The data came just as the ECB’s president, Mario Draghi, warned that the euro would be unlikely to emerge from its dire straits until at least the second half of 2013.
The unemployment rate was up from 11.6% in September, and from 10.4% in the same period the previous year.
173,000 extra people were out of work for the month, taking the eurozone total to 18.7 million unemployed.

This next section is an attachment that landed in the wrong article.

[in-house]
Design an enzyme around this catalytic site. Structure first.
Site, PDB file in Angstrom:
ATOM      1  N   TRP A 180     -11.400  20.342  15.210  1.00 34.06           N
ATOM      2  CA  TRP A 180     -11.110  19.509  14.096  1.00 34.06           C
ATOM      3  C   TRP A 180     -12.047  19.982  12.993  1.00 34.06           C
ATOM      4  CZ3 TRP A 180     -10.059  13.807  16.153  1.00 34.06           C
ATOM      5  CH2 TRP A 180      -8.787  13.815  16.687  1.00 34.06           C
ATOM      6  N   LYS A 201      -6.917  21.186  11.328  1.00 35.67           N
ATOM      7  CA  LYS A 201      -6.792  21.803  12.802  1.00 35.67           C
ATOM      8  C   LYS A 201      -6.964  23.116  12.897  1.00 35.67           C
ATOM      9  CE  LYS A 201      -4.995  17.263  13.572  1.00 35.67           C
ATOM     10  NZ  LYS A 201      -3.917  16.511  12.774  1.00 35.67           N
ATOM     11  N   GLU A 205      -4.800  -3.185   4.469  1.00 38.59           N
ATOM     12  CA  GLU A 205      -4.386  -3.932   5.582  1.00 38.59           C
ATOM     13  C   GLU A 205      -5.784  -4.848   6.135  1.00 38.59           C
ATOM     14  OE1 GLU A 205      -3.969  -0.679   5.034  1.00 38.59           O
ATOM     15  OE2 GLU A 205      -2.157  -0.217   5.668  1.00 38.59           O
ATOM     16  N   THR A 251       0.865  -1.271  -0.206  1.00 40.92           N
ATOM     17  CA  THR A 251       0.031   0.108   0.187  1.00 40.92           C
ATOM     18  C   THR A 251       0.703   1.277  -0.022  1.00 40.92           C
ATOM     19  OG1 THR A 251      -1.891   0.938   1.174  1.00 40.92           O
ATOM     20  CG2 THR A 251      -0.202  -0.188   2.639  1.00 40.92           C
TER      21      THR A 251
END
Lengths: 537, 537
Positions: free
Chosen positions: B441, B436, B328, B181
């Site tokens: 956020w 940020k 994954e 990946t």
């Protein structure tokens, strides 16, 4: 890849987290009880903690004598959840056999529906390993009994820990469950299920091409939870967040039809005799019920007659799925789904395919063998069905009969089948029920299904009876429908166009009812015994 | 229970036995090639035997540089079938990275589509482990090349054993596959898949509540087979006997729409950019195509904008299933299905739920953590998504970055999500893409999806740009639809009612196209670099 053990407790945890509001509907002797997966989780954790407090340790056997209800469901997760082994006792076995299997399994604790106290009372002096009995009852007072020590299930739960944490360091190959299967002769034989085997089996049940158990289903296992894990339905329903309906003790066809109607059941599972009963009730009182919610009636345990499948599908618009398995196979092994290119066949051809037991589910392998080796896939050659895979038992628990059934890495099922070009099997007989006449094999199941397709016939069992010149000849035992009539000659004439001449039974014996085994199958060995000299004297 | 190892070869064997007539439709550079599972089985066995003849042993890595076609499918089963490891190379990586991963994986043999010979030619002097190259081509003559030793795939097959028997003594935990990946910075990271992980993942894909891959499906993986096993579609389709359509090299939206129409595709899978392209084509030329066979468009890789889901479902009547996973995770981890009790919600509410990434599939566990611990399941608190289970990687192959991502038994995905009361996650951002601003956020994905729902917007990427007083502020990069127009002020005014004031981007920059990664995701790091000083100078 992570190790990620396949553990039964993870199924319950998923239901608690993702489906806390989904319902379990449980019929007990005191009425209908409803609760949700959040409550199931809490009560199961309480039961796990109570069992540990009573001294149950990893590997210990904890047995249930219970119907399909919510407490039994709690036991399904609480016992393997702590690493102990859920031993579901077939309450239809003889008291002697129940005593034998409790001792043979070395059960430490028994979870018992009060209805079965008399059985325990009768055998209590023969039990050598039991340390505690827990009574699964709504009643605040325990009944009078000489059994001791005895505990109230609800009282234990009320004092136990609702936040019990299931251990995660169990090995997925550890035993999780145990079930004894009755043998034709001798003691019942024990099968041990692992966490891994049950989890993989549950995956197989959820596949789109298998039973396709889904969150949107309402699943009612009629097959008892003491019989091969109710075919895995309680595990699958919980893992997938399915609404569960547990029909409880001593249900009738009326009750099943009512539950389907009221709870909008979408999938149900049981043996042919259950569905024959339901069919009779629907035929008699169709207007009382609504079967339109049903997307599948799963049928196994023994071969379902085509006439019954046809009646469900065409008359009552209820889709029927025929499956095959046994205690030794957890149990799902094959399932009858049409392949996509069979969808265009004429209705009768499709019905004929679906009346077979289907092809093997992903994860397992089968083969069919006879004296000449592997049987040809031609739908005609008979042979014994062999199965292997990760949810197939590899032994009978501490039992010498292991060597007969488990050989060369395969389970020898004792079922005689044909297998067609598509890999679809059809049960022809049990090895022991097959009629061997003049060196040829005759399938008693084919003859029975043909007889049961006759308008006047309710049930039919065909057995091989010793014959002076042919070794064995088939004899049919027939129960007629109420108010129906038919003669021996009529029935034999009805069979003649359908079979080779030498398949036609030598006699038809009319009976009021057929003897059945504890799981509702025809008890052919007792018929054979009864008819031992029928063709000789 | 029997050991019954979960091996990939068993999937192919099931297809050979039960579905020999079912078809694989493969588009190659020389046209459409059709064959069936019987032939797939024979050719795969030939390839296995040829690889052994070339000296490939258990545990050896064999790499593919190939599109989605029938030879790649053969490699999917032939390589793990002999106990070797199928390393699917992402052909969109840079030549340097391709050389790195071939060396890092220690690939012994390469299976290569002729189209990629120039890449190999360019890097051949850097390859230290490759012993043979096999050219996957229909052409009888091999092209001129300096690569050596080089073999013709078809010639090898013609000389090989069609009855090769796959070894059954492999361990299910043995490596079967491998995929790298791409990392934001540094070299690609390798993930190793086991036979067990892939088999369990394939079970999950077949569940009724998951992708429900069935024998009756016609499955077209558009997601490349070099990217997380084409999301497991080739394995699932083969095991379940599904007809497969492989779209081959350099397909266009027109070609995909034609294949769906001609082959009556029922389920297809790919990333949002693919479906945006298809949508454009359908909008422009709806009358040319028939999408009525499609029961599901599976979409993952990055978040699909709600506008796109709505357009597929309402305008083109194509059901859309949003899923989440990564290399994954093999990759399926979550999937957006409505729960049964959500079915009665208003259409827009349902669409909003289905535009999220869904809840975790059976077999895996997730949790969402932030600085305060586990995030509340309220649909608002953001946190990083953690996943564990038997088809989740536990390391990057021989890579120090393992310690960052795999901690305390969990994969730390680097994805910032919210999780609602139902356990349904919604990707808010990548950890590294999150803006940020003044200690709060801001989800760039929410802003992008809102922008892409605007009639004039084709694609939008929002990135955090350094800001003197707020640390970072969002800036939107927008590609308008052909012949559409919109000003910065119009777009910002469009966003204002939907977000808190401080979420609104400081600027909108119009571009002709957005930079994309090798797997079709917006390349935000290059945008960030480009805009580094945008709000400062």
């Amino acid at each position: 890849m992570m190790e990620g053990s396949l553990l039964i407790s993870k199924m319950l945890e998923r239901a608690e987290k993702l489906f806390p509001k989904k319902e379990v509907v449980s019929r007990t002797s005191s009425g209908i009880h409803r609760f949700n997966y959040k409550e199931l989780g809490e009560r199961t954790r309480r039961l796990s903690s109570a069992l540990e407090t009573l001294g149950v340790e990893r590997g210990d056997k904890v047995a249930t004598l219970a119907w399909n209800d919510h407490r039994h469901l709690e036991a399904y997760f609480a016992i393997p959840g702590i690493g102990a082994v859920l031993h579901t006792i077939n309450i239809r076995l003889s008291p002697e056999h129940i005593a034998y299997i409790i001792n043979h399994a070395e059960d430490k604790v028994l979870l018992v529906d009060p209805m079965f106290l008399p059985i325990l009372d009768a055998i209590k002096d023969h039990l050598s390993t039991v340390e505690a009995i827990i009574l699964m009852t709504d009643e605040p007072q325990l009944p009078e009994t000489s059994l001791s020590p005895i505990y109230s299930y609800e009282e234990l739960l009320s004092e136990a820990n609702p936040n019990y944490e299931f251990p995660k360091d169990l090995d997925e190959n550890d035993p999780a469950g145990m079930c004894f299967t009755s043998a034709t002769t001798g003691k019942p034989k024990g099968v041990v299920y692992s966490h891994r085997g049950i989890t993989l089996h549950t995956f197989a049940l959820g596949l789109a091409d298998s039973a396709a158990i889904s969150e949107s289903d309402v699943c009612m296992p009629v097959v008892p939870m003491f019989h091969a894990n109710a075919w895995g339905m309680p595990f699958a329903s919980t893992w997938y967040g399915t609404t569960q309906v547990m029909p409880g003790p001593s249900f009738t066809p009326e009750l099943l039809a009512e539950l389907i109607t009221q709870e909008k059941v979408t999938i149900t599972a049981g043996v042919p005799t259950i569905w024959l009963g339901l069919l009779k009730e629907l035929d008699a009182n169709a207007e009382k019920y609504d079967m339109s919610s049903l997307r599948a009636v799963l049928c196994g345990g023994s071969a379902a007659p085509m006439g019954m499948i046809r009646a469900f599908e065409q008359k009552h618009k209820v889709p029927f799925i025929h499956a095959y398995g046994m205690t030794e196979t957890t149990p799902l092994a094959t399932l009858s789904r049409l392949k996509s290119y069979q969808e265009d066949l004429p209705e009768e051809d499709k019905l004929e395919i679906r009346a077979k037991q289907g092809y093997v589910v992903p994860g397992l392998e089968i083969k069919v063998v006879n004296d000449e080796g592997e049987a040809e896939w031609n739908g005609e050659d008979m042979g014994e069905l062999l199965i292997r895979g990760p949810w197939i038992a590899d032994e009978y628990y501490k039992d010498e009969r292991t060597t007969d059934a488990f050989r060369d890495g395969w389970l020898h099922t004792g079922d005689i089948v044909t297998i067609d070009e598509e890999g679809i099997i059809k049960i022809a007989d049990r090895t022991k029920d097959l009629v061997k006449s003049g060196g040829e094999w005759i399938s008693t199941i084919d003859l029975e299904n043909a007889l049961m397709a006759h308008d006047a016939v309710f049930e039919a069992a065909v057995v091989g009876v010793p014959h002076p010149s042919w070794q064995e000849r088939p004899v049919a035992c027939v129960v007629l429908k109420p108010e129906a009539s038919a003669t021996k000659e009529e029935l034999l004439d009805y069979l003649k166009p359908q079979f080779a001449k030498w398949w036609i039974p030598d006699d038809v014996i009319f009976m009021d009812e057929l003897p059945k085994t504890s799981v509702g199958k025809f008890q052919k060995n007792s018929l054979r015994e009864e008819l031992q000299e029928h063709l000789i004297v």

Drill down into what’s happening in a couple of the PIIGS countries, and the situation is even more frightening: in Spain the jobless rate is 26.2%, with more than 50% of young people out of a job. In Greece, a quarter are out of work, too.
The tiniest hint of silver lining is that consumer prices slowed sharply, with inflation falling from 2.5% to 2.2%. At least that’s a modest improvement amongst the tumult.